Perfectly Norman by Tom Percival (Bloomsbury Children’s Books)

Growing wings has been a recurring theme in recent years: JL Pawley’s Air Born was this year’s YA take on it. When Norman sprouts appendages, initially he tries to hide them by wearing an anorak day and night – until birds flying by remind him of the joy of that first flight.

Here We Are: Notes for Living on Planet Earth by Oliver Jeffers (HarperCollins)

This love letter to his newborn son from acclaimed author and illustrator Oliver Jeffers offers a breathtaking overview of our place in space, in the richest range of blue hues ever to grace a picture book. A heartfelt, glorious response to the fragility of our planet from an outstanding artist.

Henry and the Yeti by Russell Ayto (Bloomsbury Children’s Books)

Henry’s love of yetis sends him into the mountains in search of the elusive creatures to prove they exist. But can he return home with evidence? A reminder to believe in yourself, this does for yetis what Leo Timmers’ Franky did for robots.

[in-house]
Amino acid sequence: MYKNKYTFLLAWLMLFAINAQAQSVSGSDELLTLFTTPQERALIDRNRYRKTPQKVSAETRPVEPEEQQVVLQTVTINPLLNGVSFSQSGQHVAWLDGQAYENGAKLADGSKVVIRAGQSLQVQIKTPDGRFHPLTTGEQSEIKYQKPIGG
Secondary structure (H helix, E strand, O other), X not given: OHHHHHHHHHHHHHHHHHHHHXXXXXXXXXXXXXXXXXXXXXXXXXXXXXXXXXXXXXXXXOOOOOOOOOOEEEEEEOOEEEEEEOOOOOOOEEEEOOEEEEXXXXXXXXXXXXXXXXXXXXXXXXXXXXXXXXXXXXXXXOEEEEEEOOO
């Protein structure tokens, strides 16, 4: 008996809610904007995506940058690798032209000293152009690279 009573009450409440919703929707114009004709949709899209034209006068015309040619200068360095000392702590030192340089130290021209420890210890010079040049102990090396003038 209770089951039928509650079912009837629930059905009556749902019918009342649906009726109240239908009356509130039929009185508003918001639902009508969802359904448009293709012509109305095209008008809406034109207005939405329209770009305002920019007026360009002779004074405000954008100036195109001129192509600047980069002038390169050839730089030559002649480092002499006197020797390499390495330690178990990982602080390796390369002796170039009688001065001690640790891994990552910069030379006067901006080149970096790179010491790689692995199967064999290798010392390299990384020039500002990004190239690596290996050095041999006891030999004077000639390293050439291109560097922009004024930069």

My Pictures After the Storm by Éric Veillé (Gecko Press)

Before and after pics encourage thinking about consequences – not just after the storm, but after lunch, swimming, a cold, the superhero battle. The mix of board cover and light card pages will withstand frequent rereading.

There Is No Dragon in this Story by Lou Carter & Deborah Allwright (Bloomsbury Children’s Books)

A hilarious mélange of the best-loved fairy tales, sparked off by a dragon in search of a story where he’s the hero. Rejected by the gingerbread man, the three little pigs, Goldilocks and more, the dragon encounters Jack’s giant – and discovers he still has some puff left.

The Longest Breakfast by Jenny Bornholdt & Sarah Wilkins (Gecko Press)

Laidback dad Malcolm co-ordinates the chaos of family breakfast in the latest collaboration from this Wellington duo.

Scarface Claw, Hold Tight! by Lynley Dodd (Puffin)

Adults who’ve driven off with their wallet or coffee atop the car will recognise this scenario. But could they cope with moggy arch-villain Scarface Claw facing off through the windscreen? Vintage Dodd.


Aotearoa: The New Zealand Story by Gavin Bishop (Picture Puffin)

A monumental achievement, this, to sum up our history in 65 pages. Bishop has laid this out in a kid-friendly format that effortlessly integrates te reo, and his attention to detail is mind-boggling. The wide-ranging scope includes cyber-bullying, the homeless … and baristas. My pick for NZ book of the year – make that the decade.